Our Commitment to Advancing the UN's Sustainable Development Goals for the Ocean

oceans conference 2017
Participants at The Ocean Conference. Photo: Robert Mazurek

United Nations Headquarters, New York - During the decade-long tenure of former UN Secretary-General Ban Ki-moon, he was quoted as saying, "We don’t have a plan B because there is no planet B." That sentiment was one of the guiding visions that informed the creation of the United Nations Sustainable Development Goals (SDGs) near the end of his term as Secretary-General in 2015.

The SDGs, officially known as Transforming our World: the 2030 Agenda for Sustainable Development, is a set of 17 global goals aligned with 169 targets. Spearheaded by the United Nations through a process involving all of its 193 Member States, as well as global civil society, the SDGs aim to form a plan of action to better align "people, planet and prosperity," while seeking to strengthen universal peace and eradicating poverty.

According to the SDG charter, "we are determined to foster peaceful, just and inclusive societies which are free from fear and violence. There can be no sustainable development without peace and no peace without sustainable development."  The ocean plan of action is being designed at this week's The Ocean Conference held at the UN headquarters in New York City. The conference's overarching goal is to refocus global efforts to achieve the targets under Sustainable Development Goal 14: to conserve and sustainably use the oceans, seas and marine resources for sustainable development.

To do this, The Ocean Conference has brought together more than 5,000 participants, including eight heads of state, seven prime ministers and 77 ministers, and the conference involves more than 150 side events and meetings over five days.

Oceans, and the coastal and marine resources they support, play an essential role in human well-being and social and economic development worldwide. The ocean supports the livelihoods one in every ten people on the planet, including some of the world’s poorest and most vulnerable. It is also the main source of protein for four out of ten people in the world. The oceans are particularly crucial for people living in coastal communities, who represented 37% of the global population in 2010.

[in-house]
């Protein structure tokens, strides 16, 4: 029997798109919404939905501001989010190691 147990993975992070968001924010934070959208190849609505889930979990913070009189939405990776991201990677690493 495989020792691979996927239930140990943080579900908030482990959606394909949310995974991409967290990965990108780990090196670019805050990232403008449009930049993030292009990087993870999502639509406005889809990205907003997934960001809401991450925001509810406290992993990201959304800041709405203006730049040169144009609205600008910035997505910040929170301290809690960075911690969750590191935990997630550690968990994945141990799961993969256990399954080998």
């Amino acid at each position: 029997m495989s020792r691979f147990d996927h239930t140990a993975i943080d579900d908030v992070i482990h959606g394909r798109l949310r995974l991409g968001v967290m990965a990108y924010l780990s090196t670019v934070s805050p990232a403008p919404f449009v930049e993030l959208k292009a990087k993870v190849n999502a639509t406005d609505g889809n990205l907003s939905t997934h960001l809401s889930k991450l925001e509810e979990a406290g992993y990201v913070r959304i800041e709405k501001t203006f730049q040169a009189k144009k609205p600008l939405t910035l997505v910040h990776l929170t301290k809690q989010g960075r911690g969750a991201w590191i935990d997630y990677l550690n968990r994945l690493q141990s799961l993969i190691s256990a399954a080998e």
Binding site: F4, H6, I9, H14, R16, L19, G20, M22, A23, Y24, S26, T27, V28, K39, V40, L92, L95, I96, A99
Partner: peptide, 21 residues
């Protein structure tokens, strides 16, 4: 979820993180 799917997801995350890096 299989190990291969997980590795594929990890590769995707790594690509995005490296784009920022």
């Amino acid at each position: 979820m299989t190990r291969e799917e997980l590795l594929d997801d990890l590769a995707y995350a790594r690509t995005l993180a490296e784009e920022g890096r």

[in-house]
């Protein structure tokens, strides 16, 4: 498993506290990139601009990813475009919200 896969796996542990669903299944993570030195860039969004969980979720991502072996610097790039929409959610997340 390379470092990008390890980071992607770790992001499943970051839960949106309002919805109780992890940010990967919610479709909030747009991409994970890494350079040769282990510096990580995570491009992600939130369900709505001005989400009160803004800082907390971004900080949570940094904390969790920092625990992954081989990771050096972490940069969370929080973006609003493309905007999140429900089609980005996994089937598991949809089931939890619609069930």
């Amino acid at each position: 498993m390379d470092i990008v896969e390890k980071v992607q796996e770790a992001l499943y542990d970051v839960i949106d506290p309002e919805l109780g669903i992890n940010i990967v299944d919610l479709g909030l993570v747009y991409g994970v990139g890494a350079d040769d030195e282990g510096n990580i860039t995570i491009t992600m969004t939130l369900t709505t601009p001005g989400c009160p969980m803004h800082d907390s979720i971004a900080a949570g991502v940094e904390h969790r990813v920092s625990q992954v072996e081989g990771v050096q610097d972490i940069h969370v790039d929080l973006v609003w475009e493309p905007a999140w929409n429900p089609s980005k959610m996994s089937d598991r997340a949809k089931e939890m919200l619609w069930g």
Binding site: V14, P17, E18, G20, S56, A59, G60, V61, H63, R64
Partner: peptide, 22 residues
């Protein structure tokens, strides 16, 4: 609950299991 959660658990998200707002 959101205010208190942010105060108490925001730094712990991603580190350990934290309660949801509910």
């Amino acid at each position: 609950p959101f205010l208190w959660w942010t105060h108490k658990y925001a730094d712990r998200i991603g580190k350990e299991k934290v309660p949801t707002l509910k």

Speaking in the UN General Assembly Hall, Secretary-General Antonio Guterres cautioned that, “Improving the health of our oceans is a test for multilateralism, and we cannot afford to fail. The conservation and sustainable use of marine resources are two sides of the same coin.”  He went on to say, “We must jointly address the problems of governance that have held us back.” With these comments he called for a new strategic vision of how to govern the oceans and marine resources.

Secure Fisheries’ mission of improving fisheries governance in order to eliminate the root causes of organized political violence, particularly in fragile and post-conflict states, supports the goals of SDG 14. Our focus is advancing SDG target 14.4, which has a goal by the year 2020 of effectively regulating harvest and ending overfishing, illegal, unreported and unregulated fishing, and destructive fishing practices while implementing science-based management plans.

Secure Fisheries is working to advance sustainable fisheries management in Somalia by increasing the availability of scientific information on fisheries and coastal resources through an interactive, web-based map that identifies important marine habitats, fishing grounds, and user groups of coastal resources. The map will enable Somalis, investors, and the development community to identify areas for development and locations at risk of conflict over resources, and to strategize how to mitigate conflict risk through protections or investment.

Secure Fisheries is also working to strengthen enforcement of laws and prosecution of illegal fishing throughout the Western Indian Ocean by working with partner organizations and regional navies and coast guards to increase maritime domain awareness, enhance data collection on fishing vessels and transshipment vessels, and help coordinate information sharing between states and intergovernmental organizations such as the United Nations Office on Drugs and Crime (UNODC) and Interpol.

As UN Secretary-General António Guterres said this week at The Ocean Conference, “This is our environment; it is the keystone of a sustainable future. Without a healthy environment we cannot end poverty or build prosperity."

For more information on a related event we facilitated earlier this year, click here.